School budget proposal moves forward at 2.29% increase

Stapleton

Board member Mark Stapleton considers the budget proposal during a workshop last week.

As far as the dollars go, the Milford Board of Education didn’t change the school superintendent’s budget proposal much before sending it on through the city’s budget approval process last week.

School Supt. Dr. Elizabeth Feser has asked for an $88.87 million spending package, which represented a 2.29% increase over the current year’s plan.

After several budget workshops and delving into line items and objectives, the school board voted to chop $27,000 from the proposal. The board’s reduction, hardly ringing a bell at .03%, didn’t change the overall budget increase much: It’s still a 2.29% increase.

The changes, however, were more meaningful than the .03% might suggest. The board voted not to hire a part-time residency officer for $30,000 to follow up on students suspected of living out of district. At the same time, the board voted to allocate an extra $10,000 to pay for private investigators or other methods the administration might use to investigate students suspected of going to school in Milford illegally.

Board members also decided not to back a plan for middle school curriculum leaders, which would have cost $25,000.

They voted to add some expenses, too: About $10,000 for ice hockey and $7,500 for additional cross country coaches.

The board voted 9-1 in favor of the plan. Christopher Saley was the only member to vote “no,” saying he believes the administration does a great job but he would like to see more money going toward innovative education and less toward transportation, for example.

“I want to see more going ‘in’ the classroom,” Saley said.

In presenting this year’s budget plan, Dr. Feser said costs would have gone up more if administrators hadn’t found money within the budget to reallocate.

With salaries increasing about $865,000 and benefits going up $341,000, plus increases of $57,000 in facility costs, and more, school officials said they would have been hard pressed to come in with what they see as a reasonable budget request. That is especially true when adding in another $1.3 million in costs associated with new school standards and improved safety measures, some of which have been spurred by the tragic shootings in Newtown.

All together, new and additional costs for 2013-14 amount to just over $2 million. But Feser said administrators identified $1.3 million in savings that will be realized through staff reductions, limited supply purchases and other means..

Administrators plan to cut 16 positions next school year, for a savings of $738,000. Those positions include six regular education and four special education teachers, five paraprofessionals, and a .5 position for a teacher for the deaf.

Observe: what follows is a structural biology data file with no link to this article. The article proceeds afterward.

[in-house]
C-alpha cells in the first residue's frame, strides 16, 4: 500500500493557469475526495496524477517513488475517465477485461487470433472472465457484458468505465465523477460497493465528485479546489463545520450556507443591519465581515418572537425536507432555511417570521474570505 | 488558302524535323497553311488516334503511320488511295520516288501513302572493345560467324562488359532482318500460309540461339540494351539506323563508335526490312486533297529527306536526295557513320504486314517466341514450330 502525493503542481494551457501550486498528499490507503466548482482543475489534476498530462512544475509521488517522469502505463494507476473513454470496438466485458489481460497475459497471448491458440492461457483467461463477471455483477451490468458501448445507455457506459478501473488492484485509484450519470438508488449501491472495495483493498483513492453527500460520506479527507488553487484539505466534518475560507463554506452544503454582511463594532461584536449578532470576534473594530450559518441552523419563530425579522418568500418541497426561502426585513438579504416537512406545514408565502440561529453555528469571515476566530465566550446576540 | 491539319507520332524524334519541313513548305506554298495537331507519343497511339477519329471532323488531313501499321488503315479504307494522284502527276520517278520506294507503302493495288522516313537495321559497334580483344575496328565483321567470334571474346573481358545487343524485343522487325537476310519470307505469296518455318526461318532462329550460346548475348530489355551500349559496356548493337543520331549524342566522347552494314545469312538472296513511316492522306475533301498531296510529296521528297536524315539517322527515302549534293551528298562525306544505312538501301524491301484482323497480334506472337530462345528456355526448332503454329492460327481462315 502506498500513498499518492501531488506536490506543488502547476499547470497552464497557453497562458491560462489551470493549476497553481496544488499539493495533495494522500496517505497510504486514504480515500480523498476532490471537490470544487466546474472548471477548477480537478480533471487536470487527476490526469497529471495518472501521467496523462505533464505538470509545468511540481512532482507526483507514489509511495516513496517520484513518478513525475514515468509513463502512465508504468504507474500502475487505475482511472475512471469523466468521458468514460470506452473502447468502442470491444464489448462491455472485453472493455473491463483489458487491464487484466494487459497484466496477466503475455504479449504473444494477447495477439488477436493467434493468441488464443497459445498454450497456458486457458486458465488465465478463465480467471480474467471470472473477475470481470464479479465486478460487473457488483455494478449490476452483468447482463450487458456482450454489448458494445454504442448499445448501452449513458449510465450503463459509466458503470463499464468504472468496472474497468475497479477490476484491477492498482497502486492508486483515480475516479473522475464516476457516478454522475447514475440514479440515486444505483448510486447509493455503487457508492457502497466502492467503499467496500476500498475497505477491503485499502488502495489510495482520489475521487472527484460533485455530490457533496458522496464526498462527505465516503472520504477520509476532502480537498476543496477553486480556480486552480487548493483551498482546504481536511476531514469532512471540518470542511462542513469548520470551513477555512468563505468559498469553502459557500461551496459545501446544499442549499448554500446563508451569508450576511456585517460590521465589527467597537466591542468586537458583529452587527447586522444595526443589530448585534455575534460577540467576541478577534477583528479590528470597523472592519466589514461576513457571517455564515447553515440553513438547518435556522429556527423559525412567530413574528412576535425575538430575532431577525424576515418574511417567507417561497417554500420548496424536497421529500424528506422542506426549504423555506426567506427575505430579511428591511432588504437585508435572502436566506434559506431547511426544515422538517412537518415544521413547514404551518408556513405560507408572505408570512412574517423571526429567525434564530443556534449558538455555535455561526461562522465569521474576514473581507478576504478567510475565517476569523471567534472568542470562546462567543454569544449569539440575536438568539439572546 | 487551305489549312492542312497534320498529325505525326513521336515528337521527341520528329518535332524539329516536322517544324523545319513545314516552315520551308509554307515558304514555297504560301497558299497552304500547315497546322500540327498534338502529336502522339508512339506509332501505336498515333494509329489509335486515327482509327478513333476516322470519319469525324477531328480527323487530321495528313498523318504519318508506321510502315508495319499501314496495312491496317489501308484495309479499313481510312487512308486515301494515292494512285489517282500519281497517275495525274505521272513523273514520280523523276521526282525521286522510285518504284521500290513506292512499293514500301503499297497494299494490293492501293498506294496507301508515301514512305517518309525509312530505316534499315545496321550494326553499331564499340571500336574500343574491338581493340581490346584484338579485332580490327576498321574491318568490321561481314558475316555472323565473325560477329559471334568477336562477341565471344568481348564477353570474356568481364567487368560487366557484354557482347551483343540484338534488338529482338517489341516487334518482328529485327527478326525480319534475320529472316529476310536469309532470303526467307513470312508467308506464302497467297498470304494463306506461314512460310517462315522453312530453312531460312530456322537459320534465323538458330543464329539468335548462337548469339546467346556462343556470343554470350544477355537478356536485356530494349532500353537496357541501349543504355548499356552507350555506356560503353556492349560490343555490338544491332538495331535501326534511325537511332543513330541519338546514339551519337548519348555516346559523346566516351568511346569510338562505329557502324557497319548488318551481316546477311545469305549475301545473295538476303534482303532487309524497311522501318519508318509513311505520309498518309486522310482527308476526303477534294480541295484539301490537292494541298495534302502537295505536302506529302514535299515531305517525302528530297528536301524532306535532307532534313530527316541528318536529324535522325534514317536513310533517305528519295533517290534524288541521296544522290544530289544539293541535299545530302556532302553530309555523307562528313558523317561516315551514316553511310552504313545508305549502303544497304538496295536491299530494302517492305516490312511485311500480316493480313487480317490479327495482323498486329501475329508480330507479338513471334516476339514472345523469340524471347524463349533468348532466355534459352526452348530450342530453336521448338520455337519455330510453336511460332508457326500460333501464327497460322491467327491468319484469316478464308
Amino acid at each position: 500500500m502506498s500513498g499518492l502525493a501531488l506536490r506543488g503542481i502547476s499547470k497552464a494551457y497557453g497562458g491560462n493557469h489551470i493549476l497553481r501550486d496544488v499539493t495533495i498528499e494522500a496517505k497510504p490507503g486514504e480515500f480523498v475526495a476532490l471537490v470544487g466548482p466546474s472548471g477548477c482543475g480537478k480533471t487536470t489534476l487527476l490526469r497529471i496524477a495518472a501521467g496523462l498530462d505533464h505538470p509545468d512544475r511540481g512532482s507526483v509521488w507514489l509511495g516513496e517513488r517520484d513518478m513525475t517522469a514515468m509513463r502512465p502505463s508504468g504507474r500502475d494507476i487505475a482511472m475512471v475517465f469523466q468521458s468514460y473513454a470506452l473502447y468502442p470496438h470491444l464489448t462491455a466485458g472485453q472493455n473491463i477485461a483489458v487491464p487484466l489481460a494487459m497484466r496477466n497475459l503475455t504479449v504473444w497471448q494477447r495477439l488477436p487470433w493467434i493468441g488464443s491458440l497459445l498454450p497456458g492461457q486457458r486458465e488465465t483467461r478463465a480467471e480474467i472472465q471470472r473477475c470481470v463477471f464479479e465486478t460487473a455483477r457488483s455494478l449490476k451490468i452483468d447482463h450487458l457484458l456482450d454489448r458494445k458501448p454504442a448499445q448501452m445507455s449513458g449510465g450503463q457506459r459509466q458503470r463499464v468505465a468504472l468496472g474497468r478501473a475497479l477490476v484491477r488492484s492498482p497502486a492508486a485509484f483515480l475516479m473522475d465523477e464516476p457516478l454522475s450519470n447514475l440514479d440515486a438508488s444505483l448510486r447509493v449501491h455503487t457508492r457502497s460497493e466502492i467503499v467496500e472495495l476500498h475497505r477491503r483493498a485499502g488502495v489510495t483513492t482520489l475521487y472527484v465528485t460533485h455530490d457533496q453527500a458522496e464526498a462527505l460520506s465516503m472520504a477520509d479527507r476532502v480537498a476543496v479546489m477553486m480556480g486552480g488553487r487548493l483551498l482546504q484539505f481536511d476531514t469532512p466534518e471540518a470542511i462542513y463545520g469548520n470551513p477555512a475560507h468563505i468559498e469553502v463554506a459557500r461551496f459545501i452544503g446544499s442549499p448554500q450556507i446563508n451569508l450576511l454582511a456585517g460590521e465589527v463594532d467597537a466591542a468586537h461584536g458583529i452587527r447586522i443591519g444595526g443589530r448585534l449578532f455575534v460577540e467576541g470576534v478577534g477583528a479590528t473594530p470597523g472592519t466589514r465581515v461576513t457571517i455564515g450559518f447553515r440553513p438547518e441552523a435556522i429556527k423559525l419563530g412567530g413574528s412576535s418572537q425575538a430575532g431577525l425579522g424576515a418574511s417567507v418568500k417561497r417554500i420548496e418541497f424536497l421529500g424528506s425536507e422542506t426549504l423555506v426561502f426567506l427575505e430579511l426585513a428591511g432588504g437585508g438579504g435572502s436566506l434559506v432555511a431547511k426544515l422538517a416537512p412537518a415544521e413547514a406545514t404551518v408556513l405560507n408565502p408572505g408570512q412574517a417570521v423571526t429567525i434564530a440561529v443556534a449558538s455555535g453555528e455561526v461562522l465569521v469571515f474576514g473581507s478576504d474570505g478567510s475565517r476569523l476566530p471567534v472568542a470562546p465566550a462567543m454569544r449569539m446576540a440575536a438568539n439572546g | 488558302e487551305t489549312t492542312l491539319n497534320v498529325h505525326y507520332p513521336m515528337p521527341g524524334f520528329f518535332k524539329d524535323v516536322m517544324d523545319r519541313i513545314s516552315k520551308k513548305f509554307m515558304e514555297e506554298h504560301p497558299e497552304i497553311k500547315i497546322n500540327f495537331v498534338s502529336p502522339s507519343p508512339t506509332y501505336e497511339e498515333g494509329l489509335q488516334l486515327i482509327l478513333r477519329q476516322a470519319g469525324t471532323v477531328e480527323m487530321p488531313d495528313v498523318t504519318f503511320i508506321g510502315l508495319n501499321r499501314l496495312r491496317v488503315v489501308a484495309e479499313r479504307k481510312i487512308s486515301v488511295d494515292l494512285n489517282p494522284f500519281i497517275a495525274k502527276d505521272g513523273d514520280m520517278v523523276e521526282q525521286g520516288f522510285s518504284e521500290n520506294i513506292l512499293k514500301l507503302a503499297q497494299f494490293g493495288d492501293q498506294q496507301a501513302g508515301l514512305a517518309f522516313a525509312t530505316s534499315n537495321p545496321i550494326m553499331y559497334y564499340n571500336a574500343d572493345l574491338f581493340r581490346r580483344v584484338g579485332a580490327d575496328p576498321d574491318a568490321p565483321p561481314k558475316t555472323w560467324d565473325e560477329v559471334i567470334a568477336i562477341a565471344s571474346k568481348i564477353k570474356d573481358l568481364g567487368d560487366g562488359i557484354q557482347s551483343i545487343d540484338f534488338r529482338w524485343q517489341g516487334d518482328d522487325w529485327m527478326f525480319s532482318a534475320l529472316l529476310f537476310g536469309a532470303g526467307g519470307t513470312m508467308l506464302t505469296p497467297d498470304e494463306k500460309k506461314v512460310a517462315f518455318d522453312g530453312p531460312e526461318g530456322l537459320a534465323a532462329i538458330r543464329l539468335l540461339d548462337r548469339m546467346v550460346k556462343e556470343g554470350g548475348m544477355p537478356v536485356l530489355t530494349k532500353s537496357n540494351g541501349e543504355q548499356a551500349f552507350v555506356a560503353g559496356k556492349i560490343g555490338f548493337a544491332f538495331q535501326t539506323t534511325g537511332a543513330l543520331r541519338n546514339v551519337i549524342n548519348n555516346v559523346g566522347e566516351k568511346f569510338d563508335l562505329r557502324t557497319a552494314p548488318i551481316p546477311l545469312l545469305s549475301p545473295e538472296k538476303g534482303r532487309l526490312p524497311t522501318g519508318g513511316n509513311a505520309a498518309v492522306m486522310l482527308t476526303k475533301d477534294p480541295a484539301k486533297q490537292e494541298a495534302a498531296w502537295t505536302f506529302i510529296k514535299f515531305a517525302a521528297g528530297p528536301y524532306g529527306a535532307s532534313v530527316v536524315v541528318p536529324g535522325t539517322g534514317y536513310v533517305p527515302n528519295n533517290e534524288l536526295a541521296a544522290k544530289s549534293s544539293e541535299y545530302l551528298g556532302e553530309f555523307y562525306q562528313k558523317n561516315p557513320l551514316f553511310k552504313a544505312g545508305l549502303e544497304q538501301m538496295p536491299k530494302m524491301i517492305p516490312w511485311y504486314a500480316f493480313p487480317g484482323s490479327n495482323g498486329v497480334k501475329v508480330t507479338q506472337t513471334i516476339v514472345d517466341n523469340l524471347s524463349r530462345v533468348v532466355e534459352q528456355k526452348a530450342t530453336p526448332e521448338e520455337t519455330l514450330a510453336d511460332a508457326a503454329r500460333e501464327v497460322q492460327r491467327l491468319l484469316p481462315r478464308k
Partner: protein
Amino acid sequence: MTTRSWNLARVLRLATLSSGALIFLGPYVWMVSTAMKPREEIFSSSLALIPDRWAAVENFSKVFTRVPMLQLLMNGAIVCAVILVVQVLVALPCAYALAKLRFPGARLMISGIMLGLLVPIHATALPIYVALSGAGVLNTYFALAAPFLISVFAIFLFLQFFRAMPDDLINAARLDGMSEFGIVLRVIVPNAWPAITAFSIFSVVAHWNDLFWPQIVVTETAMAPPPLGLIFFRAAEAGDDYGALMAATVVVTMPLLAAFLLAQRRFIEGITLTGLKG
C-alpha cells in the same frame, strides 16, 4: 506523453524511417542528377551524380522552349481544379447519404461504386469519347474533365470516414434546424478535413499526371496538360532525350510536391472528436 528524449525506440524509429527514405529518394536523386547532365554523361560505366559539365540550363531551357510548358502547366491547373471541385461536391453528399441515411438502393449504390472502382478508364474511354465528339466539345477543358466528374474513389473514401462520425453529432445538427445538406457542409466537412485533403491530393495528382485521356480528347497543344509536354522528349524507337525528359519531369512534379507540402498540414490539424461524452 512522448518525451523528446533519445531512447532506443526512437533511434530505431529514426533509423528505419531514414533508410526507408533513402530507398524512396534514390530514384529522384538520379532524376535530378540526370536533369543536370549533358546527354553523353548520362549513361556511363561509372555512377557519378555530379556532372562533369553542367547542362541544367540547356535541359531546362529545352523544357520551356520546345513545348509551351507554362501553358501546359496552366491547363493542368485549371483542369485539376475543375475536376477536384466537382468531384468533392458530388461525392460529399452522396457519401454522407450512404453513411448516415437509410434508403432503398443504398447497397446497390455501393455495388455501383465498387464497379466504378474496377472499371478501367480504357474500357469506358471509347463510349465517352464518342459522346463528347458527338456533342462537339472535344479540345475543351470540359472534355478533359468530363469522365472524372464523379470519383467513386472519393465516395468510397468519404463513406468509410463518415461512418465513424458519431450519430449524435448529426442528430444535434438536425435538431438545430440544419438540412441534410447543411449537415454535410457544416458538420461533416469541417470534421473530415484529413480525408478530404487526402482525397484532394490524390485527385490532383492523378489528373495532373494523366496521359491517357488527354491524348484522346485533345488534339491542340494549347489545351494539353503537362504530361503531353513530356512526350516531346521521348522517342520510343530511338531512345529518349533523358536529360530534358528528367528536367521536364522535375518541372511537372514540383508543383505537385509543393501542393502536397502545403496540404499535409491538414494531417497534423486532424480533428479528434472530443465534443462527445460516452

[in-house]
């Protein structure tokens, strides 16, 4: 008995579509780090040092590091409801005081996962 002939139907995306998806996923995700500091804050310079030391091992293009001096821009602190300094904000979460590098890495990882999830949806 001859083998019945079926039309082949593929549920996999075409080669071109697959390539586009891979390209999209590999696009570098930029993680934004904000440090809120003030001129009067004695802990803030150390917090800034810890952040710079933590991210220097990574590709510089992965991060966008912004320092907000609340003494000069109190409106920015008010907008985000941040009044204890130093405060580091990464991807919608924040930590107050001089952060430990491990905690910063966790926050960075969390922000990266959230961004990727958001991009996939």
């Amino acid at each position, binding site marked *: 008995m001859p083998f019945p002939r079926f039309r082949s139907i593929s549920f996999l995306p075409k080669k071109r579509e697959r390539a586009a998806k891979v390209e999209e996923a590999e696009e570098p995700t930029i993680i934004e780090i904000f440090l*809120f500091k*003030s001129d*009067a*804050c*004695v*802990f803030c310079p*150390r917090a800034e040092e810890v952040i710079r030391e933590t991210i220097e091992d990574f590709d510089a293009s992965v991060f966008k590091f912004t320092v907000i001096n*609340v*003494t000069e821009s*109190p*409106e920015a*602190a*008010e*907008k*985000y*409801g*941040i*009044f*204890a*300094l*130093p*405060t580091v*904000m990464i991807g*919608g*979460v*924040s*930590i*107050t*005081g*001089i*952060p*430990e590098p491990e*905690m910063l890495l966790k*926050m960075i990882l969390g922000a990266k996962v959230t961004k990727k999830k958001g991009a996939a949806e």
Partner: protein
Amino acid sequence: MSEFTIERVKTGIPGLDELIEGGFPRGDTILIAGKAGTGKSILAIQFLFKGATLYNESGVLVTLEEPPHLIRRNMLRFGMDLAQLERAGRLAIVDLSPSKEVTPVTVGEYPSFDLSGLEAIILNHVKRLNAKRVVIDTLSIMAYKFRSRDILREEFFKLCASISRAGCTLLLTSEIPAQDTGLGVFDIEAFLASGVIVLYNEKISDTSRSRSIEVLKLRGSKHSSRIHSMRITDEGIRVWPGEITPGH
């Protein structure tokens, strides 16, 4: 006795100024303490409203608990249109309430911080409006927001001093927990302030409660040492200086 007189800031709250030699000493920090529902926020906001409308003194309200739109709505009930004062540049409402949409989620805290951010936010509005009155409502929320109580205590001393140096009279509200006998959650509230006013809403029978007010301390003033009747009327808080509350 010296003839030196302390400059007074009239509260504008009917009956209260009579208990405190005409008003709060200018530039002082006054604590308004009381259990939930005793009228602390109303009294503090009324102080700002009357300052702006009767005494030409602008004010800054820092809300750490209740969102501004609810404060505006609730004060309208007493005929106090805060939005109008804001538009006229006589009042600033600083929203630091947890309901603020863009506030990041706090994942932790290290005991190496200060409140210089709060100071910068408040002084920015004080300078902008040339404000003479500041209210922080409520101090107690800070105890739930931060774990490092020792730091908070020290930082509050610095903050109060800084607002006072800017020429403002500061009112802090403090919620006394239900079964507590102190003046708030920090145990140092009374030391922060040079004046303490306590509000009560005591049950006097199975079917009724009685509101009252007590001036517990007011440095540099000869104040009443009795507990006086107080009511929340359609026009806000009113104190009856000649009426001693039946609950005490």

Chairman Tracy Casey commented last week that enrollment dropped markedly, by more than 600 students in a four-year period.

She said that while there have been staffing reductions to regular education, there hasn’t been a corresponding cut to special education. “So part of understanding the adjustments goes back some years,” Casey said.

Parent Lisa Biagioni, however, spoke up and said she believes there’s a lack of information about special education, the funding and the demands.

Big new expenses for 2013-14 come in three areas: Common core standards, which are steering education toward today’s technology driven world and requiring more computers, software and training for teachers.

The second is new teacher evaluations, which will require some new positions to free up administrators to do the evaluations.

The third big expense area lies in improving operations, and calls for $87,000 to enhance and upgrade the security systems in place at all the school buildings.

Feser plans to add security cameras, install more swipe card entry pads, and hire people to greet visitors at each of the elementary schools. Greeters would add another $131,000 to expenses.

Casey commented on the greeter positions during the final budget workshop meeting last week. She said she talked to Police Chief Keith Mello and asked him if he thought greeters were a good idea.

“He said that greeters as we presented them are the right position,” Casey said. “He felt we did not need security or police at the elementary schools.”

Feser has said, however, that she would like to have four or five school resource officers to cover the school district. City leaders appear to be in agreement about having the officers, who are typically uniformed, armed police officers, but they are not in agreement about how to pay for the officers.

Next the school budget plan will go to the Board of Finance for review and finally to the Board of Aldermen some time in May.

 

 

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